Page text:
citrus in pots 2

Citrus are one of those plants that I think are a must in the garden.
They have beautiful dark green foliage all year, sensuously perfumed flowers at various times of the year and then produce fabulously colourful edible fruit. They really are the most perfect garden specimen.

We’ve already gone through why you should grow citrus plants in pots and how you should pot them up. By now, you have some gorgeous fruit trees in pots, and thats wonderful.
Now the question  is how you keep them looking lovely all year round, and for years to come.

Watering Containerised plants need more watering than in ground plants because of their restricted root run and although citrus like a hot and sunny position, they also require good soil moisture levels to stay healthy and produce well.

You will find you will need to water your citrus a least weekly in cooler months, twice weekly in summer and daily on extremely hot days or when there is a hot dry wind blowing. I like to apply a liquid wetting agent once a month in summer to ensure that the water that is applied is soaking in and being held by the potting mix rather than draining straight through running out the bottom of the pot.

I prefer to use hose with a shower nozzle on it and tend to soak the pot by leaving the hose running over the top of the pot for 20 to 30 seconds. For those without hose access, say on a balcony, then a full 10 litre watering can be gently empty onto the surface of the pot.

If you find the water starts to drain out of the bottom of the pot within a couple a seconds of starting the watering it probably means the potting mix has shrunk away from the sides of the pot and the water is running straight down the sides of the pot without soaking into the mix. The potting mix has become hydrophobic (repels water) and you will need to apply a liquid wetting agent to fix the problem.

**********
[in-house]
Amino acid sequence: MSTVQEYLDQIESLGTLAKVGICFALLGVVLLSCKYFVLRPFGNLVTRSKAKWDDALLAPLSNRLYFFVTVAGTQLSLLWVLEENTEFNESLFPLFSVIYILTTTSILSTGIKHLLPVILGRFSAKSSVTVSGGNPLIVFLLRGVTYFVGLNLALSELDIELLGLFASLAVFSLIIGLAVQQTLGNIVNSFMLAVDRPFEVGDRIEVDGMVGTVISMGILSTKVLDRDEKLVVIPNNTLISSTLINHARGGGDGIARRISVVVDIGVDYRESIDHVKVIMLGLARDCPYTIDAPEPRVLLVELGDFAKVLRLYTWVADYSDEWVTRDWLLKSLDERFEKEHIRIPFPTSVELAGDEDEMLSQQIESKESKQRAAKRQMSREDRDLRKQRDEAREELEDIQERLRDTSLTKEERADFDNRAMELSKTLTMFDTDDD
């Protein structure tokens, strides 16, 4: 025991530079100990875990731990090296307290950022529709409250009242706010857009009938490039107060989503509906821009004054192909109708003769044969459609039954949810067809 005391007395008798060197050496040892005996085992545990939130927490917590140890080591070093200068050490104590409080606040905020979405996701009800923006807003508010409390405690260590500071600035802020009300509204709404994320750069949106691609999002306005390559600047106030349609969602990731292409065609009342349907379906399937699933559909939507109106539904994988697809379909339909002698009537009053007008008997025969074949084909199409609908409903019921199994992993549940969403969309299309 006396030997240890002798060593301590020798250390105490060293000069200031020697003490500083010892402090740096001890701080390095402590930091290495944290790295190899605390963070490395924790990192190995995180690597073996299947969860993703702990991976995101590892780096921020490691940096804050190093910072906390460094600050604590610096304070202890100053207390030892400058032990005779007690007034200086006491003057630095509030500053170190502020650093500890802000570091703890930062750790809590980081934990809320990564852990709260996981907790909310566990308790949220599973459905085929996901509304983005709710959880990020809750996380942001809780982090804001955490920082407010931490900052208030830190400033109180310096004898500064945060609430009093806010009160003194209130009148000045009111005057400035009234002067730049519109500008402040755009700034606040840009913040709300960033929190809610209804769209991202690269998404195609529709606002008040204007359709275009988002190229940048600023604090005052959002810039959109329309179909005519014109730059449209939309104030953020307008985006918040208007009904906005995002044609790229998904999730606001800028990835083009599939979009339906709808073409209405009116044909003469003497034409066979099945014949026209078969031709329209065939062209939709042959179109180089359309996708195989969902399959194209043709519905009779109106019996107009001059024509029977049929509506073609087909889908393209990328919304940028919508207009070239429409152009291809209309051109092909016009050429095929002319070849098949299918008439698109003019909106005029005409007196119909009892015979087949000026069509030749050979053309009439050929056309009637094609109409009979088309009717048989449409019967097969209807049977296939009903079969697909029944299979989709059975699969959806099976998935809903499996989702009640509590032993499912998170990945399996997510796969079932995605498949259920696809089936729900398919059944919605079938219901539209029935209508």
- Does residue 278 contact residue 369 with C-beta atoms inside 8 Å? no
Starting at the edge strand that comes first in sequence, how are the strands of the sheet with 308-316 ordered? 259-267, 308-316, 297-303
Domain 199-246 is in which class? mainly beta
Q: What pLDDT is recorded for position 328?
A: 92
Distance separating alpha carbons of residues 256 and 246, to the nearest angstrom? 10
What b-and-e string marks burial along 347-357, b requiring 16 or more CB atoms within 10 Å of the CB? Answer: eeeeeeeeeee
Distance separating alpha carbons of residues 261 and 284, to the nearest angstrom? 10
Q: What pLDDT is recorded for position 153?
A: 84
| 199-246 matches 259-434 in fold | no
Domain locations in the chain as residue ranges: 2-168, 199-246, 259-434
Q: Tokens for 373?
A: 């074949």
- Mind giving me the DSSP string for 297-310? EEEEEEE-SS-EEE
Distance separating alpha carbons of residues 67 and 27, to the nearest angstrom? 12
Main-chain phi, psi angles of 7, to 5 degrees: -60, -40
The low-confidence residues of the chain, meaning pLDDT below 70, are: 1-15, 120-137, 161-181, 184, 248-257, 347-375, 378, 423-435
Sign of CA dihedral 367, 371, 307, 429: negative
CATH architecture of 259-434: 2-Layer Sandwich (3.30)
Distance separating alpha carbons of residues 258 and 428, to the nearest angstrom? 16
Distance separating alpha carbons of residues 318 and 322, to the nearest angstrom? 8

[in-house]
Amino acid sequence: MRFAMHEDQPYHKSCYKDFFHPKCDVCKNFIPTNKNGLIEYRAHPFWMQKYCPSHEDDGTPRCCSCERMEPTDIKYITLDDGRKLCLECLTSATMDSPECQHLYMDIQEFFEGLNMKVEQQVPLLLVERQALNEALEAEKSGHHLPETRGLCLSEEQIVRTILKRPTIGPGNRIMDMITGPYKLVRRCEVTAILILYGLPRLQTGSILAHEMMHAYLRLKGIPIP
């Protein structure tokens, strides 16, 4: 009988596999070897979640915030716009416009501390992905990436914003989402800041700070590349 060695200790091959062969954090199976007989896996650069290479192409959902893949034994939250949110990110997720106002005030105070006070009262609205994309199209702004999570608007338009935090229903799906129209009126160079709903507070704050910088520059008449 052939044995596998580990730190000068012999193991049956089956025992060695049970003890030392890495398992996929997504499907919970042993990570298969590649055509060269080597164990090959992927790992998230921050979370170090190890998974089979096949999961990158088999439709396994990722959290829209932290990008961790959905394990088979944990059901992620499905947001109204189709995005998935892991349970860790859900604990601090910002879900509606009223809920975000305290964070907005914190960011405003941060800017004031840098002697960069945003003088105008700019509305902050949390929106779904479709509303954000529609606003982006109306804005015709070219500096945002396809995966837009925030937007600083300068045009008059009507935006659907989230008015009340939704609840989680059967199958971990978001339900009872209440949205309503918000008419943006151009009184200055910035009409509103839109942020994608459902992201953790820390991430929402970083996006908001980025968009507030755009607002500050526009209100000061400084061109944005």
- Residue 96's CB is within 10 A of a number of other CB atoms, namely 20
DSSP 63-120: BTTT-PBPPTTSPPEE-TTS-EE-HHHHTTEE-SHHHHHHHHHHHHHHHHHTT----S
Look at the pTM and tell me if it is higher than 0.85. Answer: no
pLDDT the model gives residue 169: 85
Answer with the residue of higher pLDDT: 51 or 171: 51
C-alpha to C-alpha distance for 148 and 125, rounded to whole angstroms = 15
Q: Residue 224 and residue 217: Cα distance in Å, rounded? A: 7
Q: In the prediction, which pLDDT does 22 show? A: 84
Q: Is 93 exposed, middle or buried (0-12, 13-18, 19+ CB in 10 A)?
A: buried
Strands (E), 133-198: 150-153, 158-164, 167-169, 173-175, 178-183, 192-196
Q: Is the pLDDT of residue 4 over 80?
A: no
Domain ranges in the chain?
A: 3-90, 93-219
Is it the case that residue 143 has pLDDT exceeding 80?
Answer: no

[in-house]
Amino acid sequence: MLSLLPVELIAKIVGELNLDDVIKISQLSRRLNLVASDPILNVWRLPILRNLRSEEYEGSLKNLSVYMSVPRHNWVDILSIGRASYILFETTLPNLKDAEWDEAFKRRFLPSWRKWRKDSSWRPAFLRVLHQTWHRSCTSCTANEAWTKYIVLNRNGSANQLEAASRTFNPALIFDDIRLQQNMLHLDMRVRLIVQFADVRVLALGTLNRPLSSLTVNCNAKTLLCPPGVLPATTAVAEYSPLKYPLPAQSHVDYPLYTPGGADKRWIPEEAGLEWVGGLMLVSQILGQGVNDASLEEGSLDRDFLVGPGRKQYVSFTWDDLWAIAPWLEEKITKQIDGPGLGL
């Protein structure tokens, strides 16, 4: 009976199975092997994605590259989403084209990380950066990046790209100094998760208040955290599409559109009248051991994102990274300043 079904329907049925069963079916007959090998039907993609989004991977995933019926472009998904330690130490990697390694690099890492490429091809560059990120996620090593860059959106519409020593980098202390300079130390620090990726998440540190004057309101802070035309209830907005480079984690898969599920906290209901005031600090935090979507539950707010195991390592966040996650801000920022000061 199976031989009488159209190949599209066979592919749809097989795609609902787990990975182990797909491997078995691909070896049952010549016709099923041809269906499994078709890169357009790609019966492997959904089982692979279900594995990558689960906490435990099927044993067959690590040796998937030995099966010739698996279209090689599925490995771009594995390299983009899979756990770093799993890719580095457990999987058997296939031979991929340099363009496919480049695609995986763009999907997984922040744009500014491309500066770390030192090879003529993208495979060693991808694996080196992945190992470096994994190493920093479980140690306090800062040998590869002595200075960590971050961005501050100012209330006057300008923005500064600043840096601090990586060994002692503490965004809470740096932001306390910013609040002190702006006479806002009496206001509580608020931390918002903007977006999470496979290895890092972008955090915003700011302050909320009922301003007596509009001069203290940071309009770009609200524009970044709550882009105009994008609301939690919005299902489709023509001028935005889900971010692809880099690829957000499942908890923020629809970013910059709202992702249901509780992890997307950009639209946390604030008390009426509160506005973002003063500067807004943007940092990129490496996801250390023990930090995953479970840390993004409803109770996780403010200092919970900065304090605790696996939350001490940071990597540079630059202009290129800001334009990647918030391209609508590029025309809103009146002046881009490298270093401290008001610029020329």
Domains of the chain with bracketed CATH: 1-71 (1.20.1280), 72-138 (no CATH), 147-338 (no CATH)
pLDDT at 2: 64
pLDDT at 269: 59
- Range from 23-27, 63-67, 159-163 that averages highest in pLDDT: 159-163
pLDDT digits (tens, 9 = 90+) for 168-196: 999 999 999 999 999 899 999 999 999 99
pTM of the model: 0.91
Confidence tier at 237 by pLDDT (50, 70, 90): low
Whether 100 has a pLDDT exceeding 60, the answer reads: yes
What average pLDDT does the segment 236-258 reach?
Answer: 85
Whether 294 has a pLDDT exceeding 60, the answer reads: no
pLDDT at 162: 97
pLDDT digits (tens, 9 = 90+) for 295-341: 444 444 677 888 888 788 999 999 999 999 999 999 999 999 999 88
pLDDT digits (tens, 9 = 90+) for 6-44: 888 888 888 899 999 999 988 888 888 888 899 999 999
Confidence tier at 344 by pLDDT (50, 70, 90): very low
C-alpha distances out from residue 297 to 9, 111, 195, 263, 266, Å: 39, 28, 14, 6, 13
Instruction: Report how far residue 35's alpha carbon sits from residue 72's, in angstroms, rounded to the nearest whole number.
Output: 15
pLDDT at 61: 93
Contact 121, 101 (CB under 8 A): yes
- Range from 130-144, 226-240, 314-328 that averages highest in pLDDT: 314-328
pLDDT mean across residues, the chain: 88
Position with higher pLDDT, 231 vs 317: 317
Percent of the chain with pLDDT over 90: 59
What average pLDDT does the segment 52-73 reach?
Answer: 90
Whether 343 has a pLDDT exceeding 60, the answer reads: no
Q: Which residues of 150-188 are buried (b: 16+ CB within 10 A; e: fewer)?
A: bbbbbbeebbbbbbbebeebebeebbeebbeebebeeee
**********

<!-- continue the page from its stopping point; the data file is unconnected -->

lime in pot tahitian

Citrus are prone to micro nutrient deficiencies, which is exacerbated by the constant watering, so you need to ensure that you apply a fertiliser with a variety of trace elements especially iron manganese and zinc.

For citrus in containers I like to apply the rule “A little often” In spring and early autumn I apply slow release organic pellets and then supplement this with regular liquid feeds from early spring through to late autumn. The type of liquid feed I use is dependent on the growth stage of the plant. When the plant is young, I use a high nitrogen ratio fertiliser to encourage plenty of growth which will develop into a strong branch structure. High nitrogen ratio fertilisers also discourage flower and fruiting which is necessary until the tree is large and strong enough to hold full sized fruit.

Once the tree is established, feed with a high ratio potassium fertiliser that will encourage flower and fruit development instead of excess leaf growth.


Unless you are espaliering or standardising your citrus trees require very little pruning.
All I do is: Tip pruning in spring to encourage bushiness. Prune to shape by removing wayward growth. Remove any dead or diseased wood i.e. cut out any citrus gall



Pest & Disease

Citrus, if not looked after well can be vulnerable to a lot of pest and diseases. My top tips to avoid attack from pests and disease.

• Maintain your plants well –water and feed as necessary-if your plants are healthy they will look after themselves

• Do not feed with synthetic high nitrogen fertiliser, as this creates excessive, very soft growth which is susceptible to aphid, scale and snail and slug attack.

• Apply an organic pest oil spray twice a year as a preventive measure against scale, aphids, leaf miner and bronze orange bug- always apply in late afternoon or on an overcast day and make sure you cover the whole tree, especially the undersized of the leaves and stems and wash off the following morning.

• Check your plants regularly, if you find anything unusual, do some research and find out what it is, if it is going to affect your plants and how to try and reduce the damage.

• Birds such as sulfur crested cockatoos can decimate a crop so think how you could net the plants when they are cropping – Im going to write you a complete guide on this later in the year, so check back then!

Most dwarf varieties will only need to be repotted every 4 or 5 years. They can be repotted into a slightly larger container or into the same container by reducing the root area by about ¼. This is best done in mid-autumn when the worst of the hot weather is over but it is still warm enough for the plant to re-establish before the heat of next spring or summer.

So follow these few simple steps and you will find you will be growing fabulous citrus plants that not only look great but are productive as well.

Have you potted up your own citrus plant? I would love you to show me, so post a picture over on the Facebook page

Learn how to prevent fruit fall in citrus trees here.

Happy Growing,